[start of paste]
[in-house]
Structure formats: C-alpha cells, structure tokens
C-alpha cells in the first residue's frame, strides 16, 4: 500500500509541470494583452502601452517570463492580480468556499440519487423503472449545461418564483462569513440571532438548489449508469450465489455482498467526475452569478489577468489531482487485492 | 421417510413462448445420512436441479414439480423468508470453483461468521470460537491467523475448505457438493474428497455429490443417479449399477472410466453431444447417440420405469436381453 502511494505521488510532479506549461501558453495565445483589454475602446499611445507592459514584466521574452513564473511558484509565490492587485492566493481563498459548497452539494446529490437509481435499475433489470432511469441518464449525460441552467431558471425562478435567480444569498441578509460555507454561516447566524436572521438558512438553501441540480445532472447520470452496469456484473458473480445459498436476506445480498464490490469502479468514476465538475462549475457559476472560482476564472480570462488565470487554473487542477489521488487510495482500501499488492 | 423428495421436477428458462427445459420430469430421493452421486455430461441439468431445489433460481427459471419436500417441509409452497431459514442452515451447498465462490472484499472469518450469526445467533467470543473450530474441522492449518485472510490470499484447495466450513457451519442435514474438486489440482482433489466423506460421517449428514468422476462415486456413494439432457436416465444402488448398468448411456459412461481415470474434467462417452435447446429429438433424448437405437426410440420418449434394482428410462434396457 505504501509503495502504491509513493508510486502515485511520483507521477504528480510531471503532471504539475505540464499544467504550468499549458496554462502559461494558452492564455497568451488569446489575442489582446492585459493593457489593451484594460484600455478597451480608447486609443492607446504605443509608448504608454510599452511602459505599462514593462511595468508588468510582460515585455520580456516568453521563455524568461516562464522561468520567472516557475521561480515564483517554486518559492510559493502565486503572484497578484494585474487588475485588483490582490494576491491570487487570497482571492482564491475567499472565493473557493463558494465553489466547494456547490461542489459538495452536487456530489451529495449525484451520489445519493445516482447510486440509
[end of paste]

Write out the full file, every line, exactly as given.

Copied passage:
[in-house]
Structure formats: C-alpha cells, structure tokens
C-alpha cells in the first residue's frame, strides 16, 4: 500500500509541470494583452502601452517570463492580480468556499440519487423503472449545461418564483462569513440571532438548489449508469450465489455482498467526475452569478489577468489531482487485492 | 421417510413462448445420512436441479414439480423468508470453483461468521470460537491467523475448505457438493474428497455429490443417479449399477472410466453431444447417440420405469436381453 502511494505521488510532479506549461501558453495565445483589454475602446499611445507592459514584466521574452513564473511558484509565490492587485492566493481563498459548497452539494446529490437509481435499475433489470432511469441518464449525460441552467431558471425562478435567480444569498441578509460555507454561516447566524436572521438558512438553501441540480445532472447520470452496469456484473458473480445459498436476506445480498464490490469502479468514476465538475462549475457559476472560482476564472480570462488565470487554473487542477489521488487510495482500501499488492 | 423428495421436477428458462427445459420430469430421493452421486455430461441439468431445489433460481427459471419436500417441509409452497431459514442452515451447498465462490472484499472469518450469526445467533467470543473450530474441522492449518485472510490470499484447495466450513457451519442435514474438486489440482482433489466423506460421517449428514468422476462415486456413494439432457436416465444402488448398468448411456459412461481415470474434467462417452435447446429429438433424448437405437426410440420418449434394482428410462434396457 505504501509503495502504491509513493508510486502515485511520483507521477504528480510531471503532471504539475505540464499544467504550468499549458496554462502559461494558452492564455497568451488569446489575442489582446492585459493593457489593451484594460484600455478597451480608447486609443492607446504605443509608448504608454510599452511602459505599462514593462511595468508588468510582460515585455520580456516568453521563455524568461516562464522561468520567472516557475521561480515564483517554486518559492510559493502565486503572484497578484494585474487588475485588483490582490494576491491570487487570497482571492482564491475567499472565493473557493463558494465553489466547494456547490461542489459538495452536487456530489451529495449525484451520489445519493445516482447510486440509